They cited a 1992 study that found there were no fish kills and noted that the plaintiffs agreed to the Eversource sale that required Granite Shore to keep the plant open for 18 months. In a separate motion, it argued that the suit should be put on hold until a new permit is issued. The court was scheduled to hold a hearing on the dismissal motions on Aug. 15.

Schiller and Newington

Two 50-megawatt boilers at Schiller Station, located in Portsmouth on the Piscataqua River, also burn coal though they can also use fuel oil. They mainly provide peak power backup, though Granite Shore won’t say how often they are run. The last 55-megawatt boiler — which has been converted to burn wood chips — does run regularly. Some environmentalists see that conversion as an improvement, since the fuel is renewable, but it too produces carbon dioxide.

Whatever the source, Schiller emitted 864,000 tons of carbon in the 18 months since Granite Shore acquired it, only about 80,000 fewer than Merrimack Station. Indeed, in the first half of this year, it has emitted 255,000 tons — 23,000 tons more than Merrimack Station.

The 400-megawatt Newington Station, right next door to Schiller on the banks of the Piscataqua, burns both oil and natural gas, so it emitted far less — 127,000 tons of carbon dioxide in 18 months. Finally, there is the 18-megawatt Lost Nation plant in Northumberland and the 14-megawatt plant in Tamworth, both primarily “peaking units.” They have only emitted 1,000 tons of carbon dioxide.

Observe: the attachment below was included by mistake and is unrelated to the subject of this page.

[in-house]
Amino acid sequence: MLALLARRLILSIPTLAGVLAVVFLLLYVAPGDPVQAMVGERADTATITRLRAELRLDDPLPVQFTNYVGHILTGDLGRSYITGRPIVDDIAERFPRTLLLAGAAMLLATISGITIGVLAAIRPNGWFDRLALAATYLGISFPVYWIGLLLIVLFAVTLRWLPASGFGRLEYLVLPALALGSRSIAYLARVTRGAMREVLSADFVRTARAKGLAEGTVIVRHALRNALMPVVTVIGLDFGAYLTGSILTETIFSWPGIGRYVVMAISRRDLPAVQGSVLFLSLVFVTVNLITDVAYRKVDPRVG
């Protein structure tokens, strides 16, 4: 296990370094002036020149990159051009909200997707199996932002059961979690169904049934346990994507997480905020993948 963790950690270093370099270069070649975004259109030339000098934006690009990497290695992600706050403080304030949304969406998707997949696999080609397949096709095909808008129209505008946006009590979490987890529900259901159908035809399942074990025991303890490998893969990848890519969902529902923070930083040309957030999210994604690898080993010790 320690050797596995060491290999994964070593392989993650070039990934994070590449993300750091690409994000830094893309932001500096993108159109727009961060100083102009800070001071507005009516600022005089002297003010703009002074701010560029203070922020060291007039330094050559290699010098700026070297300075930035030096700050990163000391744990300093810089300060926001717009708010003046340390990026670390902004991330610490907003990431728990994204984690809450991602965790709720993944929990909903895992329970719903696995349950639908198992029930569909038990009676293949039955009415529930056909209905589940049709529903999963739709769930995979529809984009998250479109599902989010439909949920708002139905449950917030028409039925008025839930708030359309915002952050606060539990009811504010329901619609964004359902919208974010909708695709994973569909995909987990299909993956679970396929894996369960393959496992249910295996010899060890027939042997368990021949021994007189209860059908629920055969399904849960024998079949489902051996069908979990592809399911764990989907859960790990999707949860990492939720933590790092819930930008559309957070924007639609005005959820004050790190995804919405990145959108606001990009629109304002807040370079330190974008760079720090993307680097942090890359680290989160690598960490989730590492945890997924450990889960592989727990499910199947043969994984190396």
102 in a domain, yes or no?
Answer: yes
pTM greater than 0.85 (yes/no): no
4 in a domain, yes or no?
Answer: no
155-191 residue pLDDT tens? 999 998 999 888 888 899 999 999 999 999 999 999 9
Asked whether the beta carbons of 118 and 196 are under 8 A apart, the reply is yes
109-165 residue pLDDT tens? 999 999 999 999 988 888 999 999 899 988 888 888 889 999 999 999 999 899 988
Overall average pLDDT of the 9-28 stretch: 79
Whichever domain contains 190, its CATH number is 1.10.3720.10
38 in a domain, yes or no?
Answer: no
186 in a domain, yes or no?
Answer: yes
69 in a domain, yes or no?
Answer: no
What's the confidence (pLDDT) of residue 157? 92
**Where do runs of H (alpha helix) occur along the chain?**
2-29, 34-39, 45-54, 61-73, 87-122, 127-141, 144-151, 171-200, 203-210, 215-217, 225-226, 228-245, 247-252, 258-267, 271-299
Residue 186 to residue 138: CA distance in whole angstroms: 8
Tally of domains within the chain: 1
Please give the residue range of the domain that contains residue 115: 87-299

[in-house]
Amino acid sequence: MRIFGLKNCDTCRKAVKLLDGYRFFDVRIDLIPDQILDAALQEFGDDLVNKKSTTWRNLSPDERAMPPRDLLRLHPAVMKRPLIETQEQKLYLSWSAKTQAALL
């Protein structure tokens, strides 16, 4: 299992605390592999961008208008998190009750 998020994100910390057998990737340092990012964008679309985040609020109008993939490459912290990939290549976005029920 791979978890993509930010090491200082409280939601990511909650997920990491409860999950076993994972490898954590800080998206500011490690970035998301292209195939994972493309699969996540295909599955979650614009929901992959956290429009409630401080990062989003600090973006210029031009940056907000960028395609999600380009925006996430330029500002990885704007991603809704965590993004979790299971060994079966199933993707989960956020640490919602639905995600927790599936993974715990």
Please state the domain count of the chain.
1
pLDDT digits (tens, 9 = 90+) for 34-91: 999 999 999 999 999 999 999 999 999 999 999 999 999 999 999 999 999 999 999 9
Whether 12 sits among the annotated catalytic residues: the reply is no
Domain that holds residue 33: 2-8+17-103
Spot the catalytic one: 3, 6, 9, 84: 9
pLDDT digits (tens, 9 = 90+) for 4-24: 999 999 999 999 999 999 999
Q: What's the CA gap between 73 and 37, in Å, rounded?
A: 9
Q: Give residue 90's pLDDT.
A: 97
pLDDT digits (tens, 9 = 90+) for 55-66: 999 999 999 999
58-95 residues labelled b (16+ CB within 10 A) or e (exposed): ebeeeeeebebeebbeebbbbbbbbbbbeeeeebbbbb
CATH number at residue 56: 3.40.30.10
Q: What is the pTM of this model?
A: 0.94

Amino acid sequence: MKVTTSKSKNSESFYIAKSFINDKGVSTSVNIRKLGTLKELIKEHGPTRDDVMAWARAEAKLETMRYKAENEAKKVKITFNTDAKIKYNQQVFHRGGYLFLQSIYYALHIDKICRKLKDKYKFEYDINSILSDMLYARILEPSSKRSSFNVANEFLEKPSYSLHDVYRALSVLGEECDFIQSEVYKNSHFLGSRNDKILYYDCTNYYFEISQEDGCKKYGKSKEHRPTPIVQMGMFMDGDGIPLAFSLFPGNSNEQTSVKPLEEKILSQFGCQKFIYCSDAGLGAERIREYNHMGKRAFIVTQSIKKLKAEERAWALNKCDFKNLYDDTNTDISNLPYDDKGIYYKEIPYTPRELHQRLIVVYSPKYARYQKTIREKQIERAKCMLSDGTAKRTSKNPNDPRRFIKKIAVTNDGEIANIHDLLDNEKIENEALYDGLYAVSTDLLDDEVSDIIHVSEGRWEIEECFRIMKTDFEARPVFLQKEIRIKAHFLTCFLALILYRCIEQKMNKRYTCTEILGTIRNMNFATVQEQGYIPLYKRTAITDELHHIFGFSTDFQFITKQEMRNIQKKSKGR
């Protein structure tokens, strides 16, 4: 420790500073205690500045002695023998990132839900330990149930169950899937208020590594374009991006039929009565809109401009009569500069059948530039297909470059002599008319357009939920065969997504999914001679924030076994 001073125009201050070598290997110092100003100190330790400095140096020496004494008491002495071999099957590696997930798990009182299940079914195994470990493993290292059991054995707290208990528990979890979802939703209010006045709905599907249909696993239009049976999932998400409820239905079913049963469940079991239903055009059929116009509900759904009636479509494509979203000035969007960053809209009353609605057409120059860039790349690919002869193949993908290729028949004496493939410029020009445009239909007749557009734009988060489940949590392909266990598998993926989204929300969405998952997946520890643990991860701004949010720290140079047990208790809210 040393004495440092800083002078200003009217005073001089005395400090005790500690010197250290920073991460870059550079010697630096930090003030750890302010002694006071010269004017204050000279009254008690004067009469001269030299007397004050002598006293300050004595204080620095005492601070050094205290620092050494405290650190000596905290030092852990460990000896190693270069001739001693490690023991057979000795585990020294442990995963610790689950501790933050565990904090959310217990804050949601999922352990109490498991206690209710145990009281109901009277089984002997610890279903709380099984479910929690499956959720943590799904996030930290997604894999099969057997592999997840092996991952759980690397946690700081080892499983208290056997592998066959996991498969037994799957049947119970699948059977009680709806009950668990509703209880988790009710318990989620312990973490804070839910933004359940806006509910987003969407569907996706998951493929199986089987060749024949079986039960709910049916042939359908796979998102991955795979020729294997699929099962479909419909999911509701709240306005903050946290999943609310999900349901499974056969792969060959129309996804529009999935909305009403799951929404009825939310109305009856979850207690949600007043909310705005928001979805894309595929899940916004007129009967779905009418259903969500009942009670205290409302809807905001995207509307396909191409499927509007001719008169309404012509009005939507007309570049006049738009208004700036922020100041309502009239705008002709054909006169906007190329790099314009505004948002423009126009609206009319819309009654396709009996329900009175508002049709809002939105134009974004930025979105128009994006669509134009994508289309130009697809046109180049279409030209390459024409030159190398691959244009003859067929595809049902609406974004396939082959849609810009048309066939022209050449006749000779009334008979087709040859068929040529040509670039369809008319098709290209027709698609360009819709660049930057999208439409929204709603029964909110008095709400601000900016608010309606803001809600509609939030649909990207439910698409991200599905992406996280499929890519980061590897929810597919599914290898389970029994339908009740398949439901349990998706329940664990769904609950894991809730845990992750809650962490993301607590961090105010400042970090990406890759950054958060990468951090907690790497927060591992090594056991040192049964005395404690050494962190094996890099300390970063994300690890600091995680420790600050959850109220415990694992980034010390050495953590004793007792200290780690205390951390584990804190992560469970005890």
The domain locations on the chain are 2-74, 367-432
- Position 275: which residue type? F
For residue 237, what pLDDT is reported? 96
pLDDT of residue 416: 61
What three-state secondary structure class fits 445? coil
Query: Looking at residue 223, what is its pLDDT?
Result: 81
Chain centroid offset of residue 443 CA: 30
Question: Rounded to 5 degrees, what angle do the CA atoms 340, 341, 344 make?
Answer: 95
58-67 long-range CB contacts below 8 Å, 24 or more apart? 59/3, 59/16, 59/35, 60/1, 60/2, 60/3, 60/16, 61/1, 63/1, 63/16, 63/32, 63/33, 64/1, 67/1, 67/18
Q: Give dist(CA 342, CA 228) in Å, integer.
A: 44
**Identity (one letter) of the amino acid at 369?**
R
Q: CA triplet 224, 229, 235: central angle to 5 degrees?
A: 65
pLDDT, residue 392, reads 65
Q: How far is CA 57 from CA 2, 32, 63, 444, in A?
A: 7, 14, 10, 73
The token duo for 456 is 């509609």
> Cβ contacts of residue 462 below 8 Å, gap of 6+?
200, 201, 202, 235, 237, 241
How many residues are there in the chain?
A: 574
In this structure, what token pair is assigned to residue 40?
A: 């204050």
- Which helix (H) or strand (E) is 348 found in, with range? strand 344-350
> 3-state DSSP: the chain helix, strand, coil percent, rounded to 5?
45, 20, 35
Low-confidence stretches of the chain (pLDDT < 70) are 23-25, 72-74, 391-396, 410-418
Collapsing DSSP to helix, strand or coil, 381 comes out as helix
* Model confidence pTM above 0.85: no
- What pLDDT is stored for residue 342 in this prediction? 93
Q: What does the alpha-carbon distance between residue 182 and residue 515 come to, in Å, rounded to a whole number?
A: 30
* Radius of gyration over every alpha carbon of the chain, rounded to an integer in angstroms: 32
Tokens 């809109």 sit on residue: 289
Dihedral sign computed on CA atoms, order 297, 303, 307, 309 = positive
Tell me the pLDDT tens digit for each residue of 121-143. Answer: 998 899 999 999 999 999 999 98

That ability allowed Newington to participate in ISO-NE’s Winter Reliability Program, created to provide resiliency to the grid on cold winter days when natural gas pipeline capacity becomes constrained in New England. Payment to participate in that program is in addition to forward capacity payments, but ISO ended it after the winter of 2017-18.

Correction

The article, “Power Struggles: How long will NH continue to have fossil fuel generators?” (Aug. 16-29 NH Business Review) contained several inaccurate statements:

• Granite Shore Power is not a conglomerate but a joint venture of Castleton Commodities International LLC and Atlas Holdings, which is a conglomerate.

• In the 18 months after Granite Shore acquired the five power plants, it emit close to, not more than, the amount of greenhouse gases emitted by all New Hampshire passenger vehicles in a year, and the Bow plant alone emitted close to, not more than, half those vehicle emissions.

• The Bow plant was open and running around the clock, but only produced power less than 13% of the time in 2018 and it emitted 724,000 tons, not cubic tons, of carbon dioxide.

• All other measurements should be in tons, not cubic tons.

• The Winter Reliability Program the Newington plant took advantage of ended after the winter of 2017-18.

 

Categories: Energy and Environment